the premise that both parties are dedicated to the common goal of quality in veterinary education. Only through
    full and open communication and cooperative efforts to correct deficiencies can educational excellence be
    attained.

    Interactions between the Council and the colleges should have a collegial tone, and be based on mutual trust and
    a desire to arrive at a full understanding of the current status of the educational program of the college. The
    dean and other administrative officers should be knowledgeable in the definitions of the various levels of
    accreditation status and the impact of the failure to meet one or more of the standards.
Council on Education Policies and Procedures



    18.5. Guidelines for Site Team Visitors to Foreign Veterinary Colleges
    Site team members and AVMA staff are the guests of the host foreign veterinary college. Cultures and customs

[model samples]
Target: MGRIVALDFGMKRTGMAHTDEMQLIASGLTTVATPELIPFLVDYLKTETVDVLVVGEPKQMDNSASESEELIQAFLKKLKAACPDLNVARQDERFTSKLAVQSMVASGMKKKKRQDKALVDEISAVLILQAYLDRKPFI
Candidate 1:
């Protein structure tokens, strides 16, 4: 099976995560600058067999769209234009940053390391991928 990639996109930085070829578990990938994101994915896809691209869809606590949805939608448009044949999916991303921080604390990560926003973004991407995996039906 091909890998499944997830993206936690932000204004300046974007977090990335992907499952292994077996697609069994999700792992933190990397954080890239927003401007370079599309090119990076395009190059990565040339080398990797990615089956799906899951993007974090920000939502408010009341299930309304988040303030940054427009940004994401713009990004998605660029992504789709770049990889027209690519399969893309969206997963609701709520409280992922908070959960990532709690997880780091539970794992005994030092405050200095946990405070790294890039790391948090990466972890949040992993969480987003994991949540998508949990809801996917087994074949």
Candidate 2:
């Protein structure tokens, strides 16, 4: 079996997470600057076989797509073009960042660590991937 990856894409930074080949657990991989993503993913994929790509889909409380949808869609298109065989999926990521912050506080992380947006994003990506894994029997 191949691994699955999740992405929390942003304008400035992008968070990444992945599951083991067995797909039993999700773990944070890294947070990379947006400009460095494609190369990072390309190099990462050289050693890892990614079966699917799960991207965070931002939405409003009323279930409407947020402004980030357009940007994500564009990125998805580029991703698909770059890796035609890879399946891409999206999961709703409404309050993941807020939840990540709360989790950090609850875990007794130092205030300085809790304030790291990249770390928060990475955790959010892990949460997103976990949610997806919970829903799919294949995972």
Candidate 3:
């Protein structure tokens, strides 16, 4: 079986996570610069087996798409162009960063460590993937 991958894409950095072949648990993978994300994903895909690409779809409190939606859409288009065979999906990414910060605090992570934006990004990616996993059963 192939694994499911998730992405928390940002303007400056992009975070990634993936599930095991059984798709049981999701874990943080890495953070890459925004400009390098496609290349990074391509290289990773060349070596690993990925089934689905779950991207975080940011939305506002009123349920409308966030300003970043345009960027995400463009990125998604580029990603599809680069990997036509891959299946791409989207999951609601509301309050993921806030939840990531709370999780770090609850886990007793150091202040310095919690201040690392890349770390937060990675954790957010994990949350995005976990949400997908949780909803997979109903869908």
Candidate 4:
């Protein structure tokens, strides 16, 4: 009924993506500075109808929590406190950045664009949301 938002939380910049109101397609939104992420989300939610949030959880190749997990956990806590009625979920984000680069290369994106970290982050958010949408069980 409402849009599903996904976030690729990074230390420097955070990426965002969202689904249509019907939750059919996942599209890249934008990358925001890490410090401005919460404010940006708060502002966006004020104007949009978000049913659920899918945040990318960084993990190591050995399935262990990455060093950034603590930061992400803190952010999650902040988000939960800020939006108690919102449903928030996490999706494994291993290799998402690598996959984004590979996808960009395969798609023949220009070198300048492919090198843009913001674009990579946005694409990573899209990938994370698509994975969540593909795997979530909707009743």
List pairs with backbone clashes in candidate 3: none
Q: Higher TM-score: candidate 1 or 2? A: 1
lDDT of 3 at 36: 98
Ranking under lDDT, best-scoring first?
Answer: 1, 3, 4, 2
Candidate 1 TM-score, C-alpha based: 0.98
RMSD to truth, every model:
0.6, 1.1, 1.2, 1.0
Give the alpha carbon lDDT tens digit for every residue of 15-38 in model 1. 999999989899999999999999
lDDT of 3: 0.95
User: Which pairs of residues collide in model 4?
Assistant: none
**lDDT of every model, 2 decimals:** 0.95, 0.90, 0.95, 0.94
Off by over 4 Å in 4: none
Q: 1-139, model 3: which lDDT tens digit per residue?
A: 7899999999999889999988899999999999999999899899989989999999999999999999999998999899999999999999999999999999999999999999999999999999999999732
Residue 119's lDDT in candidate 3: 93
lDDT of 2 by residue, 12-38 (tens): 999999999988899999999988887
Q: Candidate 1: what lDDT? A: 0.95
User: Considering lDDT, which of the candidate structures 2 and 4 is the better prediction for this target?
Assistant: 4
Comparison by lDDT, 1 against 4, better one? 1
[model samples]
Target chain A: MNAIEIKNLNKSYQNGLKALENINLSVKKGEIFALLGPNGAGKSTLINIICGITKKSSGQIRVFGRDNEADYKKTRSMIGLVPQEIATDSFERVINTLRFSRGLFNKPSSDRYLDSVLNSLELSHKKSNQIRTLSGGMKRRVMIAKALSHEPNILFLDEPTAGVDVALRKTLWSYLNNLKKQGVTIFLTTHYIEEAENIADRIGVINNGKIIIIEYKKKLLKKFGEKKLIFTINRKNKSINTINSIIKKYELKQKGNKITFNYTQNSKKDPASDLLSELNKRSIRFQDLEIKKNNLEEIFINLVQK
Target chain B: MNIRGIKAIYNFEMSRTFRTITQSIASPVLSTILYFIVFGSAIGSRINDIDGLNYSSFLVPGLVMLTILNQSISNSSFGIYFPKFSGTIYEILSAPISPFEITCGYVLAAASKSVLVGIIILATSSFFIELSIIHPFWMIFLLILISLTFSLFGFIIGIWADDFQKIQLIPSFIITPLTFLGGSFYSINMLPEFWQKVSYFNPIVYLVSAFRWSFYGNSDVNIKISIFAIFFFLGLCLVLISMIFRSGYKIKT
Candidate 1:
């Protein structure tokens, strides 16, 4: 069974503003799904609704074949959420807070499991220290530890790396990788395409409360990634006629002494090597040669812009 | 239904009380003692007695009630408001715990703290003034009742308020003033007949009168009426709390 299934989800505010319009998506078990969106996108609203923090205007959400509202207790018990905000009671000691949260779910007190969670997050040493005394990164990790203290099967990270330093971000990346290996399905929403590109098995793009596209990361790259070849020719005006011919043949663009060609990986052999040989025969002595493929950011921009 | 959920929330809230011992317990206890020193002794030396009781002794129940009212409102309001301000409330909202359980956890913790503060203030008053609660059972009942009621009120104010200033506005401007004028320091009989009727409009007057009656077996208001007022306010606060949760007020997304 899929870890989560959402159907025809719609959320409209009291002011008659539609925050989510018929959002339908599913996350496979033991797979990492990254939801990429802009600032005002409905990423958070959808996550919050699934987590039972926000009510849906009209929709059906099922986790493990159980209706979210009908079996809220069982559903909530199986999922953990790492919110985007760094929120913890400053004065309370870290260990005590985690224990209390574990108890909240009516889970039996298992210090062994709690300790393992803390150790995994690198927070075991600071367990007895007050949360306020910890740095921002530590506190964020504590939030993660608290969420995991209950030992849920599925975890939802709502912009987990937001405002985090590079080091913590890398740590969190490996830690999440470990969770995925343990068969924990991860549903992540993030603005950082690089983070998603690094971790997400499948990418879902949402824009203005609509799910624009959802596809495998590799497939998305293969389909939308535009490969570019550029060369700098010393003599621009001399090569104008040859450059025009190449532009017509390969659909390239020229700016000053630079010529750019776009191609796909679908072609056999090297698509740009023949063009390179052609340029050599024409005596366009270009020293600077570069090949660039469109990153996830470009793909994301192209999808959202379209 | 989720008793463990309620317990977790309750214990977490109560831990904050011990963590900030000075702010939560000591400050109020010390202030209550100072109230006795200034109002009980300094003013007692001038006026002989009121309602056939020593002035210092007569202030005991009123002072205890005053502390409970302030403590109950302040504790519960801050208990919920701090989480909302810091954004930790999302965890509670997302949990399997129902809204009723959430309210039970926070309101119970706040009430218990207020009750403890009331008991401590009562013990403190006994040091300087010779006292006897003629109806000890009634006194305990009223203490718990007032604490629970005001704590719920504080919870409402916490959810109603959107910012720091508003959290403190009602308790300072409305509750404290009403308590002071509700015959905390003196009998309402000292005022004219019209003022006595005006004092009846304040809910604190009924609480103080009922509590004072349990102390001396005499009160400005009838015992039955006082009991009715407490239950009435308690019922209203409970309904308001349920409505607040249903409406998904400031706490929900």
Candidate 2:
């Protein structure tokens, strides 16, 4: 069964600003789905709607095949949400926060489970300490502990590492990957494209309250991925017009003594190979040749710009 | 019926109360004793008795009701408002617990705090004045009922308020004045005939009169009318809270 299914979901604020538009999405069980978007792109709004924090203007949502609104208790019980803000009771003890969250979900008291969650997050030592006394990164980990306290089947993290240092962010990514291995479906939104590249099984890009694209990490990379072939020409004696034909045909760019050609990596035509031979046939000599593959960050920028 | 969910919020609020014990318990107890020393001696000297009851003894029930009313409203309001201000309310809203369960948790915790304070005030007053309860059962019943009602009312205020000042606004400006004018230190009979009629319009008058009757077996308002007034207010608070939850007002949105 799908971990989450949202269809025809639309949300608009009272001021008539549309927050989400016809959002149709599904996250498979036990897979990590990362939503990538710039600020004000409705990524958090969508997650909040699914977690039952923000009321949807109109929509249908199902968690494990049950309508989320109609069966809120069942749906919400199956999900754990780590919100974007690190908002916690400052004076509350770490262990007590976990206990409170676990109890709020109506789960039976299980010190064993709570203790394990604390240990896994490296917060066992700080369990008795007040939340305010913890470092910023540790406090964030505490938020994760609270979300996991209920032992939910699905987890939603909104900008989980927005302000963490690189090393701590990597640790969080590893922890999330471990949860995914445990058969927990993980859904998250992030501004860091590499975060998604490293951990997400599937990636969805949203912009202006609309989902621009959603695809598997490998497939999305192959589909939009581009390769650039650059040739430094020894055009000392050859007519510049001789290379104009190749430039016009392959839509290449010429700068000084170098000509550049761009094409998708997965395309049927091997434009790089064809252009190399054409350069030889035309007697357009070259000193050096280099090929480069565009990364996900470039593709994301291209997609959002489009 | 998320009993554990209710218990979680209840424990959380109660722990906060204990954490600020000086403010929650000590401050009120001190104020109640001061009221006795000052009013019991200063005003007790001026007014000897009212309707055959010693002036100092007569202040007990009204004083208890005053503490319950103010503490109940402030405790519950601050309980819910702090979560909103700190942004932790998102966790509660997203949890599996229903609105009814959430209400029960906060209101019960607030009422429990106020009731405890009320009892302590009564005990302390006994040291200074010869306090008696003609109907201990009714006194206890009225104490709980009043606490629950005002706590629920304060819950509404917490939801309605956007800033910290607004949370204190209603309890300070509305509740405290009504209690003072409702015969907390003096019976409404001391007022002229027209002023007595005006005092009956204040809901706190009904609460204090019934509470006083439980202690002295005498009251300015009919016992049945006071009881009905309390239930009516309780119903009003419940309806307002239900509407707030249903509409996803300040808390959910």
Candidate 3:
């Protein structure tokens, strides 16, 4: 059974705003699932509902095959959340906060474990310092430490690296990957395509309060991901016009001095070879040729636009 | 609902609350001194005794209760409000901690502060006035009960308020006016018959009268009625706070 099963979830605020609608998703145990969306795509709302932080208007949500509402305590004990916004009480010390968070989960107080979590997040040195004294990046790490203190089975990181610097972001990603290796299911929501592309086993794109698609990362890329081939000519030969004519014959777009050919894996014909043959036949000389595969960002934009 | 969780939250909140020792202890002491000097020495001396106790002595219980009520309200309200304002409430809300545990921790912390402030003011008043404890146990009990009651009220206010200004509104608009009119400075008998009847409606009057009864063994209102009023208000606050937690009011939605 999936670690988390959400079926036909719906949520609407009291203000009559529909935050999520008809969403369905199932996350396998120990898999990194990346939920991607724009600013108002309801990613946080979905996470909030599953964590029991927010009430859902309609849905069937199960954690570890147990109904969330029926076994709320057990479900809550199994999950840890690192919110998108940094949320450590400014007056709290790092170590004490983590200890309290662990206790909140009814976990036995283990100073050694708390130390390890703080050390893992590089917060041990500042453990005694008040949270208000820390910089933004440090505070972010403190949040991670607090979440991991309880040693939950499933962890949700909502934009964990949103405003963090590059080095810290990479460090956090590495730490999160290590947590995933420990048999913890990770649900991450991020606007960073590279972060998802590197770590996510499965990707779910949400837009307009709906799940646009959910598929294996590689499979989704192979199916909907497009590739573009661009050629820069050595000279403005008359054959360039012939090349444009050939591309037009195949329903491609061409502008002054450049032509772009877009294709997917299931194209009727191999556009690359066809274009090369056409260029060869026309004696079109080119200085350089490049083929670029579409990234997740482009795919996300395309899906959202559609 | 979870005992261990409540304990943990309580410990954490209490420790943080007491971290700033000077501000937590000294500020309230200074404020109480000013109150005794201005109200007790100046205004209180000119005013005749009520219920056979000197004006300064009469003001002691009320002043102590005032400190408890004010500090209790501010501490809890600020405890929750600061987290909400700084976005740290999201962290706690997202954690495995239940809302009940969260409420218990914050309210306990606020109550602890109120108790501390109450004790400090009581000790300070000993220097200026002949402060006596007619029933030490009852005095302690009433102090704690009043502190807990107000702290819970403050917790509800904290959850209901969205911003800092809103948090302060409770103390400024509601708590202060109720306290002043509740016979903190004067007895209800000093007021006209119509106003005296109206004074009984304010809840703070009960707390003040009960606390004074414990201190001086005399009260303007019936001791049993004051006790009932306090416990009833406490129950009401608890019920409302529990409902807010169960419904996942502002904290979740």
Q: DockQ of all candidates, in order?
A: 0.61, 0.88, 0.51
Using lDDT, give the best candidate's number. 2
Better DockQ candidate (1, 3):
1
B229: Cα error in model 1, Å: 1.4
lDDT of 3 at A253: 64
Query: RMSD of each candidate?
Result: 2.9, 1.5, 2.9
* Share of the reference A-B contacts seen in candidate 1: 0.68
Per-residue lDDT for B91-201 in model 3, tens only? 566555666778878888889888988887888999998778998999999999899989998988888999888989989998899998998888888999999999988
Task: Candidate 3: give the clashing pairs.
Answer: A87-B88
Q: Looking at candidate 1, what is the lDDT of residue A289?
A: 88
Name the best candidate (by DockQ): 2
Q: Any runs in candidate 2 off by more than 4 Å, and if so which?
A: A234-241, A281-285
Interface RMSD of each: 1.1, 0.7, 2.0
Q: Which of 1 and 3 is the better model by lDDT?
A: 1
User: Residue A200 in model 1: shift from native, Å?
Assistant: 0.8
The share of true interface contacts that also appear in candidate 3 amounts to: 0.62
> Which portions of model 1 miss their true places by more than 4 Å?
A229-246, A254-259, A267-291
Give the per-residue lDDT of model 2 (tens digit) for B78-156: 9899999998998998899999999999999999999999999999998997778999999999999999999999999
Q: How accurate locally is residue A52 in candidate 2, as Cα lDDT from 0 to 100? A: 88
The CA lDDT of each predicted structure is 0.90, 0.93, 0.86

may differ from those in the US and Canada.

    Regarding travel, the host institution is responsible for all expenses. However, the COE has established
    limitations to enable each site team member to understand the process and avoid misunderstandings. The
    following guidelines should be followed.

    Travel
    Air transportation is in business class. Should you choose to use first-class, the additional charges will be the
    responsibility of the site team member and will not be paid by the host institution. The host institution is
    responsible for ground transportation to move the site team during the visit.

    Lodging
    The host institution is responsible for arranging lodging for the site visit. There may be those who want to